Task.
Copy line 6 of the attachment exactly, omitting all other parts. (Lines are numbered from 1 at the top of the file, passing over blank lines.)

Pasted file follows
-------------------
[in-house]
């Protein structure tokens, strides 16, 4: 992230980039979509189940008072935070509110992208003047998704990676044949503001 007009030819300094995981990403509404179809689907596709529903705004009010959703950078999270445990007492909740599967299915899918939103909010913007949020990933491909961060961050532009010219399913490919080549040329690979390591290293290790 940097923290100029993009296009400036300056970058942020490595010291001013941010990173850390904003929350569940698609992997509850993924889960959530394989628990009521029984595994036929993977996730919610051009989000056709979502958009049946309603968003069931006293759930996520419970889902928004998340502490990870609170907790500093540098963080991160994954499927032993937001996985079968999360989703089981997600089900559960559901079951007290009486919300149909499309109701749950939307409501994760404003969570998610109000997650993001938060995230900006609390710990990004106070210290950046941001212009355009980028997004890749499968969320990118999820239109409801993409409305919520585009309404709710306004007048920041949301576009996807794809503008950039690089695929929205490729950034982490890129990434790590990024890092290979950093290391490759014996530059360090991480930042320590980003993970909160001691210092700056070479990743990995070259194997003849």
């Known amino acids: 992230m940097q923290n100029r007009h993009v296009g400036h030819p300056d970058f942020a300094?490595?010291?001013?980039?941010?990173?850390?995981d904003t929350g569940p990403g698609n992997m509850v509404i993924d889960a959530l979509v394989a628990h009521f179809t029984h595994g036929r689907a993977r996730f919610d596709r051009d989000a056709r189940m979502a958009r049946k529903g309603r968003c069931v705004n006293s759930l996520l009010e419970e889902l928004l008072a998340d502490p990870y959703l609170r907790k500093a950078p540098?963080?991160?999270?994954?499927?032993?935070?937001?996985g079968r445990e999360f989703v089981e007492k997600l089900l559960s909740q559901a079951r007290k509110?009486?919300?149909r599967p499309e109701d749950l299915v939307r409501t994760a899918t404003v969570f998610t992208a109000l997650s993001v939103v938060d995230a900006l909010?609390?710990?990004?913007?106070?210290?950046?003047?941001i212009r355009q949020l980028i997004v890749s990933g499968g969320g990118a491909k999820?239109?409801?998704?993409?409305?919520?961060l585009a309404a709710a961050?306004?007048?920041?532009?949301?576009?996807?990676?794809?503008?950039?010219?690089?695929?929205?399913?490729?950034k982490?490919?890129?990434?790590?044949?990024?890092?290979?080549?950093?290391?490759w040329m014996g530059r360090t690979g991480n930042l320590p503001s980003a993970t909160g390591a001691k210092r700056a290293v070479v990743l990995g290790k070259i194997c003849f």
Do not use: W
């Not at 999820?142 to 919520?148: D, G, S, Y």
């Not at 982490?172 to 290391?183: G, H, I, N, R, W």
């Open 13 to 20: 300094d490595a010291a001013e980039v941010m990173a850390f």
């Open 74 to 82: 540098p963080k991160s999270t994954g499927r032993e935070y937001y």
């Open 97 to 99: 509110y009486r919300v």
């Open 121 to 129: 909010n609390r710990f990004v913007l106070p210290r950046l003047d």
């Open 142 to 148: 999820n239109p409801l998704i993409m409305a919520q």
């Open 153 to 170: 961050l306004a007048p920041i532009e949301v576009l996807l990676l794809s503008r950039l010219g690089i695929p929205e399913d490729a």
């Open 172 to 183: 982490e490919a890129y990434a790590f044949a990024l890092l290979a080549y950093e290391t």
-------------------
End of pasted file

């Not at 982490?172 to 290391?183: G, H, I, N, R, W």